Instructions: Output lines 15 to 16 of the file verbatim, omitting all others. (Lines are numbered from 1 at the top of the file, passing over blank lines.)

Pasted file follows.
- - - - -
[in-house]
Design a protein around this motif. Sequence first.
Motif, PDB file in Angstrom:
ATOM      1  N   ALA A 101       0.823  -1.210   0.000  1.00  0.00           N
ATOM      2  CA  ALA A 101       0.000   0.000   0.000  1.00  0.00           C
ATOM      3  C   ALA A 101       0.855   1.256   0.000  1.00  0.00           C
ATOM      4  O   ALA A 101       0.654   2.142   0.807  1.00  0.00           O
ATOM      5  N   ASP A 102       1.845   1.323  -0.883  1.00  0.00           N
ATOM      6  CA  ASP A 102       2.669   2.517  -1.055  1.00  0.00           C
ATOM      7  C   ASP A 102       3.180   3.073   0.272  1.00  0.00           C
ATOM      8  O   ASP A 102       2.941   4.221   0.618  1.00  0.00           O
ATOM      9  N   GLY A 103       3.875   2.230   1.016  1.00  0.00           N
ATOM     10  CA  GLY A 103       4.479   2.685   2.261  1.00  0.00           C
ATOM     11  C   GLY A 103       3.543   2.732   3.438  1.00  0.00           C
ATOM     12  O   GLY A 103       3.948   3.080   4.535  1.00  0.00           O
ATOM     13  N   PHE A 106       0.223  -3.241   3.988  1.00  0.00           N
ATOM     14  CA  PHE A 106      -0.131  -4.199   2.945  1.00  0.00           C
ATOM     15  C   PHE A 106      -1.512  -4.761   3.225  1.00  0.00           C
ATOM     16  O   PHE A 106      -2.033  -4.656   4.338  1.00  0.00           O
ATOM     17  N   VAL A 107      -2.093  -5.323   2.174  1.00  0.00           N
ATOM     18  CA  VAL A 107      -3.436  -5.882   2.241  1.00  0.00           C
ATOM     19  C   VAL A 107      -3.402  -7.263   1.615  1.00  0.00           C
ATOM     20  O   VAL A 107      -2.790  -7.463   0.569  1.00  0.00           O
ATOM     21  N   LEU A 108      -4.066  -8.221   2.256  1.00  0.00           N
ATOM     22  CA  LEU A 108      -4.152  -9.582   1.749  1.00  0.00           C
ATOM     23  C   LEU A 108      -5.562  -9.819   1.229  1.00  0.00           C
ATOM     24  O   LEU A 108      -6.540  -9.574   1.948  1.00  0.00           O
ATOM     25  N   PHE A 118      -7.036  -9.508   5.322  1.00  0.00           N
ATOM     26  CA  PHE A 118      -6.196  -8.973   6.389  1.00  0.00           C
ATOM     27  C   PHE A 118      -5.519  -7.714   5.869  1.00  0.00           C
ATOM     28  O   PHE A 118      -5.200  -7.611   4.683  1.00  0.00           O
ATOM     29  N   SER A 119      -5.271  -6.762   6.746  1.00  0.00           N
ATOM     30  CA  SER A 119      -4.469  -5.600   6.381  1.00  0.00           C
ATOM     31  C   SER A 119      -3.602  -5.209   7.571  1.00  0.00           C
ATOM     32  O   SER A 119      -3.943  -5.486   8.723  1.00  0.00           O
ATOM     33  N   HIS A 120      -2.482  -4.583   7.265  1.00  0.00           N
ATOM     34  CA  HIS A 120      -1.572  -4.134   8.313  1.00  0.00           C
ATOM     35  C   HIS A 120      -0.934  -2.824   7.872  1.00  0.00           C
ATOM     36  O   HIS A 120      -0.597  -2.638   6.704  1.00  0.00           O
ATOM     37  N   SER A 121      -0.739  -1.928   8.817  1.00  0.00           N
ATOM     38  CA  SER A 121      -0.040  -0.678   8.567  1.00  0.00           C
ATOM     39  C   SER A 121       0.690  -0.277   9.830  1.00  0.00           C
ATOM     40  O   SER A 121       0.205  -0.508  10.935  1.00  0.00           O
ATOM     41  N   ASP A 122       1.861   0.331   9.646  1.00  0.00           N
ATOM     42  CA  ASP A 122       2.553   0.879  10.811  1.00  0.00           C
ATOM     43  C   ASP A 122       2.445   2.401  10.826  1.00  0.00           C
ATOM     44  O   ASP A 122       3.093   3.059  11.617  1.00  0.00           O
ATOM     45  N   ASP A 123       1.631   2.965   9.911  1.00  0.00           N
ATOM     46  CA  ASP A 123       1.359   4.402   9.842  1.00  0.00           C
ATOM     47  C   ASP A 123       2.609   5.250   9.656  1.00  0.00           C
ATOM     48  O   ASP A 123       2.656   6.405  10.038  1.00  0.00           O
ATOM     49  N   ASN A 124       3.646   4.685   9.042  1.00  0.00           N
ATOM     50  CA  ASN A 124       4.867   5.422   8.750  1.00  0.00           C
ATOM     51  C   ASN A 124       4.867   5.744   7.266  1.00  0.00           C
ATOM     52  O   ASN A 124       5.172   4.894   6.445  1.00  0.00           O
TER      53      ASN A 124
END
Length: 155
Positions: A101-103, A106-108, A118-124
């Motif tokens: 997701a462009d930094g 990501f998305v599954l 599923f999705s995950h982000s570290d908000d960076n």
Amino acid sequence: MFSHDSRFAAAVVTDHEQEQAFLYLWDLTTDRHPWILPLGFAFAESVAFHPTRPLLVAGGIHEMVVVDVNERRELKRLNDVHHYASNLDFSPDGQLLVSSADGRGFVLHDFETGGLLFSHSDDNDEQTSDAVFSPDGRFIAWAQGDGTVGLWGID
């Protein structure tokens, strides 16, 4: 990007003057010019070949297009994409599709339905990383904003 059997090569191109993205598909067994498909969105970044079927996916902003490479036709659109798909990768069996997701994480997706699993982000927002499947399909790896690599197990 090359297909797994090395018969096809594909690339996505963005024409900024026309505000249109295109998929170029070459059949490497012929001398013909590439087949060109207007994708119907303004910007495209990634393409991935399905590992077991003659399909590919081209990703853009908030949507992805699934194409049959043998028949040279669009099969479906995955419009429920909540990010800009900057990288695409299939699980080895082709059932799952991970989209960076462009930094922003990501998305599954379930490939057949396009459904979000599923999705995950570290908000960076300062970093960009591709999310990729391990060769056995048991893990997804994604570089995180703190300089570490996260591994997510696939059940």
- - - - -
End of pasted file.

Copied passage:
ATOM     12  O   GLY A 103       3.948   3.080   4.535  1.00  0.00           O
ATOM     13  N   PHE A 106       0.223  -3.241   3.988  1.00  0.00           N